• Alvarez, Luis H. R.; Stenbacka, Rune (Hanken School of Economics, 2002)
    We apply a real options approach to analytically characterize the option value of adopting an intermediate technology. We design an asymmetric duopoly model to delineate how the opti- mal adoption timing of an intermediate technology depends on the embedded upgrading options available to the ¯rm itself and to its future rival. Focusing on di®usions we develop explicit rep- resentations demonstrating that the threshold of adopting an intermediate technology depends negatively (positively) on the leader's (follower's) upgrading intensity. For geometric Brownian motion we explicitly characterize the iso-incentive curves keeping the leader's incentives of adopt- ing the intermediate technology invariant.
  • Juselius, Mikael (Hanken School of Economics, 2004)
    In this paper, a positive empirical relationship between wages and the capital-labor share is established using Finnish manufacturing data. This relationship is consistent with a modeling approach for the Finnish economy that assumes a CES production function and imperfections in both product and labor markets. The popular Cobb-Douglas production function is inconsistent with the observed relationship. Moreover, the estimations are consistent with an elasticity of substitution above one. The results are further strengthened by a positive relationship between unemployment and the capital-labor share through its effect on the wage rate. The estimations also provide insights into the processes determining the output-labor ratio, capital-labor ratio and investments.
  • Stenbacka, Rune; Gehrig, Thomas (Hanken School of Economics, 2003)
    We show that the presence of sufficiently significant switching costs, which are increasing in the degree of product differentiation, generates an equilibrium configuration with maximal differentiation within the framework of a Hotelling model with linear transportation costs. The equilibrium with maximal differentiation offers a formalization of the idea that competing firms have noncooperative incentives to establish maximal switching cost barriers. The equilibrium incentives for commitments to high switching costs can be explained with poaching profits, which are increasing in the switching costs. In fact, ex-ante competition for market shares in period 1 is unable to eliminate these poaching profits.
  • Schultz, Christian (Hanken School of Economics, 2002)
    This paper investigates the effects on tacit collusion of increased markets transparency on the consumer side of a market in a differentiated Hotelling duopoly. Increasing market transparency increases the benefits to a firm from undercutting the collusive price. It also decreases the punishment profit. The net effect is that collusion becomes harder to sustain. In the limiting homogeneous market, the effect vanishes. Here market transparency does not effect the possibilities for tacit collusion.
  • Liikanen, Jukka; Stoneman, Paul; Toivanen, Otto (2001)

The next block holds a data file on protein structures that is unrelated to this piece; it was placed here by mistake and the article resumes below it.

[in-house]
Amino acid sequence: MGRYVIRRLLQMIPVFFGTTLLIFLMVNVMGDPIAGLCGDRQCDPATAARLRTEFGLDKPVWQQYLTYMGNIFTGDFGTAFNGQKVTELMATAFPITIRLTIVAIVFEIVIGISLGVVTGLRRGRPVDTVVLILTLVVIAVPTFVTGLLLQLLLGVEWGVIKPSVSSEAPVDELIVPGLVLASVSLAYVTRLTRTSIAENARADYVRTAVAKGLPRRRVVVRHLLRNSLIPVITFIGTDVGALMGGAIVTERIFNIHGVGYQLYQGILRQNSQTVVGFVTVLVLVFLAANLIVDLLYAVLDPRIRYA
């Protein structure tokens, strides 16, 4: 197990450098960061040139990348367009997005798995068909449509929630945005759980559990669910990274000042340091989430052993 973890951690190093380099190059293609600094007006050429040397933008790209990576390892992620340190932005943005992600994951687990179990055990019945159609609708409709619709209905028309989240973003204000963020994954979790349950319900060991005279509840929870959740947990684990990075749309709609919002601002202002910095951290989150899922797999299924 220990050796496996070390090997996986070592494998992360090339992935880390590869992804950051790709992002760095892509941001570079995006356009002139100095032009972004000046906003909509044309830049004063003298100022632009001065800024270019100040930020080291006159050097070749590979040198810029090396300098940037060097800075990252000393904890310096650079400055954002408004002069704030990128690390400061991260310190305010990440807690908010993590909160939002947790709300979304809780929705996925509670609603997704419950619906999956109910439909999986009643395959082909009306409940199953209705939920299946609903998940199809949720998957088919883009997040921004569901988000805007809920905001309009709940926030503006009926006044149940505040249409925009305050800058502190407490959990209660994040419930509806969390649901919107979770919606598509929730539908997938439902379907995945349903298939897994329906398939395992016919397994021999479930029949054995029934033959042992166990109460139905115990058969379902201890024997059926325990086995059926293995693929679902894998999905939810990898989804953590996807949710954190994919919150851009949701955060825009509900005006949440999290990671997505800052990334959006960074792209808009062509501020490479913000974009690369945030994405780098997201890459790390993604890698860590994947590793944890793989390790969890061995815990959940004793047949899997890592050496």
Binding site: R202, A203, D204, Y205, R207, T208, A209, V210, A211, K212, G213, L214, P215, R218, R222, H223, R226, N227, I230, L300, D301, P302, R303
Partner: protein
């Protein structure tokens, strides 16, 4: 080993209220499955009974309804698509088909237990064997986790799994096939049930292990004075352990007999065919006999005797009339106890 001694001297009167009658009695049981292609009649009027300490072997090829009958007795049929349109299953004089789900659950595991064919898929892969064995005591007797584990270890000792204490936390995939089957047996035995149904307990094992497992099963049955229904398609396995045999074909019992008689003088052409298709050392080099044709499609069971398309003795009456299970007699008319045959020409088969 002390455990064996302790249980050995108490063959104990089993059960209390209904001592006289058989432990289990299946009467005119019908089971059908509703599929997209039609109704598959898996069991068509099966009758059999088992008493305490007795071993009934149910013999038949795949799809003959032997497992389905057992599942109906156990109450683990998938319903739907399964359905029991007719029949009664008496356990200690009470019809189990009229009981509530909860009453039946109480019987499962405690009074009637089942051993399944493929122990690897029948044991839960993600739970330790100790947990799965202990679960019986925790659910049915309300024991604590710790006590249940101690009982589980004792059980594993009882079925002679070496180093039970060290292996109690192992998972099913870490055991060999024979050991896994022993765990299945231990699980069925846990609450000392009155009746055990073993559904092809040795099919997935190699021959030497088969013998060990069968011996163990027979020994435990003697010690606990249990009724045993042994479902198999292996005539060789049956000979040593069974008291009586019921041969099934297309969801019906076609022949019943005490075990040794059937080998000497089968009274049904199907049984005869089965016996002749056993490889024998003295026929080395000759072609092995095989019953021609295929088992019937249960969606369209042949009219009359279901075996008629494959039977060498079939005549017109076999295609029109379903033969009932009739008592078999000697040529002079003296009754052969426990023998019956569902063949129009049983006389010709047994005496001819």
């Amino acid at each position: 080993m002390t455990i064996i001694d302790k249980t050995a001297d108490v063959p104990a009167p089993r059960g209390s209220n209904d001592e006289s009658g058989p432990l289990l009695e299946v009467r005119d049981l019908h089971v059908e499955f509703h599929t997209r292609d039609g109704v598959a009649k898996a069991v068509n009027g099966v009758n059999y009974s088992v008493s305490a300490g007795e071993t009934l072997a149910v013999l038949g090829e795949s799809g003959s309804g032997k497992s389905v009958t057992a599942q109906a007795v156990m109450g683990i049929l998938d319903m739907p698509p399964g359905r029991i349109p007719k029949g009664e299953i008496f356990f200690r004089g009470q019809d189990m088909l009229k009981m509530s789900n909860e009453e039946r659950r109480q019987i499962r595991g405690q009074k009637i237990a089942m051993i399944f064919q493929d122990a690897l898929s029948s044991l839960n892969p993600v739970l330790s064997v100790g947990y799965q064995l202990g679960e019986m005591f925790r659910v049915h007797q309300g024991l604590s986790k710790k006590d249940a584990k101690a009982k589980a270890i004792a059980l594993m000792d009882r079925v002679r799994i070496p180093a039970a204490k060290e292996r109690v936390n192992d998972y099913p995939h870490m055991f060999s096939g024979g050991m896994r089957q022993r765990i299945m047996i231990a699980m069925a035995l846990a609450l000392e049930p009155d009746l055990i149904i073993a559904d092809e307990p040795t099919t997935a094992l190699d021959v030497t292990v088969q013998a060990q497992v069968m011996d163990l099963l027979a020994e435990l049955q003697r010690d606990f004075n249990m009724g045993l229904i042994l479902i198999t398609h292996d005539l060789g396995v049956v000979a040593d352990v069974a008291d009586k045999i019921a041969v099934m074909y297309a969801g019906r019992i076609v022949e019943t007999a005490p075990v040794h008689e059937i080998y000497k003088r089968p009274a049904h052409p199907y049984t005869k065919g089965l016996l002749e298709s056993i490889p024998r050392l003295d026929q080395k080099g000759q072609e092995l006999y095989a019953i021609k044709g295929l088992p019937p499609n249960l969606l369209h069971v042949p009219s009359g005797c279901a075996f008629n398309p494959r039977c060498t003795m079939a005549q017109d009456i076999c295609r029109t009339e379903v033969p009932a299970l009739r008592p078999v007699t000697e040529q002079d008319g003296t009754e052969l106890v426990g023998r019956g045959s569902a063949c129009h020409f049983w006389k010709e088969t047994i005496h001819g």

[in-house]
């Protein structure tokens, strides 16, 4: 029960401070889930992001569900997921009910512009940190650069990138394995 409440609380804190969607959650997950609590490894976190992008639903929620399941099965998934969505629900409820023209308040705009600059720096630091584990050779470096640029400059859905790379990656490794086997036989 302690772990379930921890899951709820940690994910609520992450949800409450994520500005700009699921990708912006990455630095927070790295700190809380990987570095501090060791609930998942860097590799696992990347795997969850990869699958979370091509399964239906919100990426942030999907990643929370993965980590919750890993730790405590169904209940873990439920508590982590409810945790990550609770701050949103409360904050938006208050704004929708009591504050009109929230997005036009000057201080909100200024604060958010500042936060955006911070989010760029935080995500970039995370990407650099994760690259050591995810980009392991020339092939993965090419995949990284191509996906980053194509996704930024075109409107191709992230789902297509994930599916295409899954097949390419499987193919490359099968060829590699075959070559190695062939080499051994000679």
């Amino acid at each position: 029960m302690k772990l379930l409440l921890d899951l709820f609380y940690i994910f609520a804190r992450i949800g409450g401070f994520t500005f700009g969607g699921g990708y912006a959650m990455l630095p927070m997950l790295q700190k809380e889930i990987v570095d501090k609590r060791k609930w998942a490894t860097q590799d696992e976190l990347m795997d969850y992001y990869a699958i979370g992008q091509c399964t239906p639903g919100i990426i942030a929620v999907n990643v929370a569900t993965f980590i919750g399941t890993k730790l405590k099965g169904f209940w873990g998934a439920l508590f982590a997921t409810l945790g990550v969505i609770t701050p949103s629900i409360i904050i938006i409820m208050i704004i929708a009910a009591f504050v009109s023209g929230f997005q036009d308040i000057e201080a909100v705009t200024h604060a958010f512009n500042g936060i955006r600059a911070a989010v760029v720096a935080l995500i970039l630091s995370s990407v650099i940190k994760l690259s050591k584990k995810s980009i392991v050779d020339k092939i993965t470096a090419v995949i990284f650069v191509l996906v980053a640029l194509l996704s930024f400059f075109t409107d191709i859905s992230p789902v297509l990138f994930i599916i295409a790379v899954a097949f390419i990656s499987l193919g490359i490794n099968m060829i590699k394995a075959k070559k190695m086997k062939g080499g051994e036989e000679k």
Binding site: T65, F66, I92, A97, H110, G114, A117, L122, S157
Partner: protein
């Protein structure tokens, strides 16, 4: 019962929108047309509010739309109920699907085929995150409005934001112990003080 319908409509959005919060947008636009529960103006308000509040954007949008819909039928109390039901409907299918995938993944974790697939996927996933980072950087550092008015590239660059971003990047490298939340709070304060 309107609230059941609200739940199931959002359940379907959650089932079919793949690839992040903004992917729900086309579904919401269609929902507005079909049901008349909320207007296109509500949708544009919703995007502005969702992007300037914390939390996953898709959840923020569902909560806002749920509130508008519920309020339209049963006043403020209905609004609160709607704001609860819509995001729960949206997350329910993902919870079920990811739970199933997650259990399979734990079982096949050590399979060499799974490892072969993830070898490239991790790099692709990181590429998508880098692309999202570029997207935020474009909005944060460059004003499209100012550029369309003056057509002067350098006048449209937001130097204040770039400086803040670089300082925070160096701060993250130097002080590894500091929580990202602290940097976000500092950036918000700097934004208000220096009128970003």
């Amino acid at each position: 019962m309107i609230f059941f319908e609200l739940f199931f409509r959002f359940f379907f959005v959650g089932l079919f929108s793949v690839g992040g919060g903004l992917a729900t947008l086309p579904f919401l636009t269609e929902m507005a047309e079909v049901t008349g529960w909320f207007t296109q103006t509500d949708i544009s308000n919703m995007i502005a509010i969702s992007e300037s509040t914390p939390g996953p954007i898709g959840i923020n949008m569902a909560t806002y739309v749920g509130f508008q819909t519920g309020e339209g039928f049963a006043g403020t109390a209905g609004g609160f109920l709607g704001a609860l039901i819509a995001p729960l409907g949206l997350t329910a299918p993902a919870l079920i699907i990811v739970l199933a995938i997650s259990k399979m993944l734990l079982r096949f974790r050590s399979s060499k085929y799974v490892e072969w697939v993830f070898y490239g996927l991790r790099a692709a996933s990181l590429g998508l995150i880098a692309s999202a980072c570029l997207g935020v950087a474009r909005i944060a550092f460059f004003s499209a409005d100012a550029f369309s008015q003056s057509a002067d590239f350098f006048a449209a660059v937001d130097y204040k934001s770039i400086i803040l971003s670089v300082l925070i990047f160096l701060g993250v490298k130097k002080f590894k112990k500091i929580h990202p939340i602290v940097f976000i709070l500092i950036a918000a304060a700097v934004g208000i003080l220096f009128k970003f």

The tradition in the empirical literature on technology diffusion is to treat the technology as generic. In several technologies, clear generational shifts can be identified. We use data from the mobile phone industry to study the effects of the old generation (1G) on the speed of diffusion of the new generation (2G), and vice versa. The generations share the general network effects, but may exhibit generation specific network externalities. We find that 2G slows down 1G diffusion, and evidence that 1G has a positive effect on 2G diffusion speed. Generation specific results differ significantly from those of a generic model.
  • Kauppi, Heikki; Koskela, Erkki; Stenbacka, Rune (2004)
    We study the implications of product market competition and investment for price setting, wage bargaining and thereby for equilibrium unemployment in an economy with product and labour market imperfections. We show that intensified product market competition will reduce equilibrium unemployment, whereas the effect of increased capital intensity is more complex. Higher capital intensity will decrease the equilibrium unemployment when the elasticity of substitution between capital and labour is less than one, while the reverse happens when this elasticity is higher than one but smaller than the elasticity of substitution between products. Finally, we demonstrate how labour and product market imperfections, characterized by the wage and price setting mark-ups, affect the optimal capital stock. Our findings raise important questions for future empirical research.
  • Gehrig, Thomas; Stenbacka, Rune (2003)
    We demonstrate how endogenous information acquisition by financiers creates investment cycles when competing financiers undertake their screening decisions in an uncoordinated way, thereby highlighting the role of intertemporal screening externalities induced by screening competition as a structural source of instability. We show that uncoordinated screening behavior of competing financiers may be not only the source of an important financial multiplier, but also an independent source of fluctuations inducing investment cycles. The screening cycle mechanism is robust to generalizations along many dimensions.